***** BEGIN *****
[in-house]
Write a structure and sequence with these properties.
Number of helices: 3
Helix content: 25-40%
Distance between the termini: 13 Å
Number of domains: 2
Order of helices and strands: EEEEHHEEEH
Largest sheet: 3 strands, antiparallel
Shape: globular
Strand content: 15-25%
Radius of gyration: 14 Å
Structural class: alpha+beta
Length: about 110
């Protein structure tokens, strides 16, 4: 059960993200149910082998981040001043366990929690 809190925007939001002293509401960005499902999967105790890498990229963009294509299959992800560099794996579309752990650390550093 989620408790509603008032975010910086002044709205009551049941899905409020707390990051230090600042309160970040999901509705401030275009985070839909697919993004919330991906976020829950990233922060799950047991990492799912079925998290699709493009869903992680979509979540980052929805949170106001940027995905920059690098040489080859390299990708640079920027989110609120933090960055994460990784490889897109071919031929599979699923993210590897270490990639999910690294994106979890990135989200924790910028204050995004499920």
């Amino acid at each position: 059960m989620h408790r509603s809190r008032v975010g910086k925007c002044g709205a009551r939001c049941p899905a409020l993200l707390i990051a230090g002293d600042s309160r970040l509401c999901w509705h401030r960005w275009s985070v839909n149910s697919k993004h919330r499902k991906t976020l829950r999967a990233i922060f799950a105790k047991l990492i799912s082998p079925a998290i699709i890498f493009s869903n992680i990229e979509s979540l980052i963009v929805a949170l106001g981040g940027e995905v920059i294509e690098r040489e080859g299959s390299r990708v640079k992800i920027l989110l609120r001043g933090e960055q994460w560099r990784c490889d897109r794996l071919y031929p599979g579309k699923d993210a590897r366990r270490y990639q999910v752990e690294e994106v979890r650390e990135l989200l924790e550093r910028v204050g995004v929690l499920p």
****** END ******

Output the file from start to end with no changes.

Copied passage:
[in-house]
Write a structure and sequence with these properties.
Number of helices: 3
Helix content: 25-40%
Distance between the termini: 13 Å
Number of domains: 2
Order of helices and strands: EEEEHHEEEH
Largest sheet: 3 strands, antiparallel
Shape: globular
Strand content: 15-25%
Radius of gyration: 14 Å
Structural class: alpha+beta
Length: about 110
């Protein structure tokens, strides 16, 4: 059960993200149910082998981040001043366990929690 809190925007939001002293509401960005499902999967105790890498990229963009294509299959992800560099794996579309752990650390550093 989620408790509603008032975010910086002044709205009551049941899905409020707390990051230090600042309160970040999901509705401030275009985070839909697919993004919330991906976020829950990233922060799950047991990492799912079925998290699709493009869903992680979509979540980052929805949170106001940027995905920059690098040489080859390299990708640079920027989110609120933090960055994460990784490889897109071919031929599979699923993210590897270490990639999910690294994106979890990135989200924790910028204050995004499920």
């Amino acid at each position: 059960m989620h408790r509603s809190r008032v975010g910086k925007c002044g709205a009551r939001c049941p899905a409020l993200l707390i990051a230090g002293d600042s309160r970040l509401c999901w509705h401030r960005w275009s985070v839909n149910s697919k993004h919330r499902k991906t976020l829950r999967a990233i922060f799950a105790k047991l990492i799912s082998p079925a998290i699709i890498f493009s869903n992680i990229e979509s979540l980052i963009v929805a949170l106001g981040g940027e995905v920059i294509e690098r040489e080859g299959s390299r990708v640079k992800i920027l989110l609120r001043g933090e960055q994460w560099r990784c490889d897109r794996l071919y031929p599979g579309k699923d993210a590897r366990r270490y990639q999910v752990e690294e994106v979890r650390e990135l989200l924790e550093r910028v204050g995004v929690l499920p």